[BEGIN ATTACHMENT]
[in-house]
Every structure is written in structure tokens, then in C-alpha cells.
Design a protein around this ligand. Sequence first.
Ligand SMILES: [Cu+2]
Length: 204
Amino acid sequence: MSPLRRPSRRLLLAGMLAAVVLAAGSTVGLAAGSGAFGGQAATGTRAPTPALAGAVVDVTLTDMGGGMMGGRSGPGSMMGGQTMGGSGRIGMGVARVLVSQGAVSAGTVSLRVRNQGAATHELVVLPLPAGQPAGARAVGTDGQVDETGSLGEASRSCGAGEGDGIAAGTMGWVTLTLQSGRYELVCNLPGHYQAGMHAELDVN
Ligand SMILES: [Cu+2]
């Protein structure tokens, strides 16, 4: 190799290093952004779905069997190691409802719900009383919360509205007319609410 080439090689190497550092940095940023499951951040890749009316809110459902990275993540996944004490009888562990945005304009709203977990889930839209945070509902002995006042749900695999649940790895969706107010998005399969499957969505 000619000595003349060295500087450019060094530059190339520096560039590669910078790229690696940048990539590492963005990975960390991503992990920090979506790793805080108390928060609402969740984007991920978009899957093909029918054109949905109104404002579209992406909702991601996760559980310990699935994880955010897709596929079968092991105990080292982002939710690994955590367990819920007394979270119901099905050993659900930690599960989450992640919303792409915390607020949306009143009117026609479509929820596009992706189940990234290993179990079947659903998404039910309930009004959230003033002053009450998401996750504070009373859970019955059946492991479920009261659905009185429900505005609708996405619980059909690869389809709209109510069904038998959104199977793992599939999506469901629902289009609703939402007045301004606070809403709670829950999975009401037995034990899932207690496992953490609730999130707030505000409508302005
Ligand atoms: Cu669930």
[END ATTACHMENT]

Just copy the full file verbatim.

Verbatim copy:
[in-house]
Every structure is written in structure tokens, then in C-alpha cells.
Design a protein around this ligand. Sequence first.
Ligand SMILES: [Cu+2]
Length: 204
Amino acid sequence: MSPLRRPSRRLLLAGMLAAVVLAAGSTVGLAAGSGAFGGQAATGTRAPTPALAGAVVDVTLTDMGGGMMGGRSGPGSMMGGQTMGGSGRIGMGVARVLVSQGAVSAGTVSLRVRNQGAATHELVVLPLPAGQPAGARAVGTDGQVDETGSLGEASRSCGAGEGDGIAAGTMGWVTLTLQSGRYELVCNLPGHYQAGMHAELDVN
Ligand SMILES: [Cu+2]
């Protein structure tokens, strides 16, 4: 190799290093952004779905069997190691409802719900009383919360509205007319609410 080439090689190497550092940095940023499951951040890749009316809110459902990275993540996944004490009888562990945005304009709203977990889930839209945070509902002995006042749900695999649940790895969706107010998005399969499957969505 000619000595003349060295500087450019060094530059190339520096560039590669910078790229690696940048990539590492963005990975960390991503992990920090979506790793805080108390928060609402969740984007991920978009899957093909029918054109949905109104404002579209992406909702991601996760559980310990699935994880955010897709596929079968092991105990080292982002939710690994955590367990819920007394979270119901099905050993659900930690599960989450992640919303792409915390607020949306009143009117026609479509929820596009992706189940990234290993179990079947659903998404039910309930009004959230003033002053009450998401996750504070009373859970019955059946492991479920009261659905009185429900505005609708996405619980059909690869389809709209109510069904038998959104199977793992599939999506469901629902289009609703939402007045301004606070809403709670829950999975009401037995034990899932207690496992953490609730999130707030505000409508302005
Ligand atoms: Cu669930």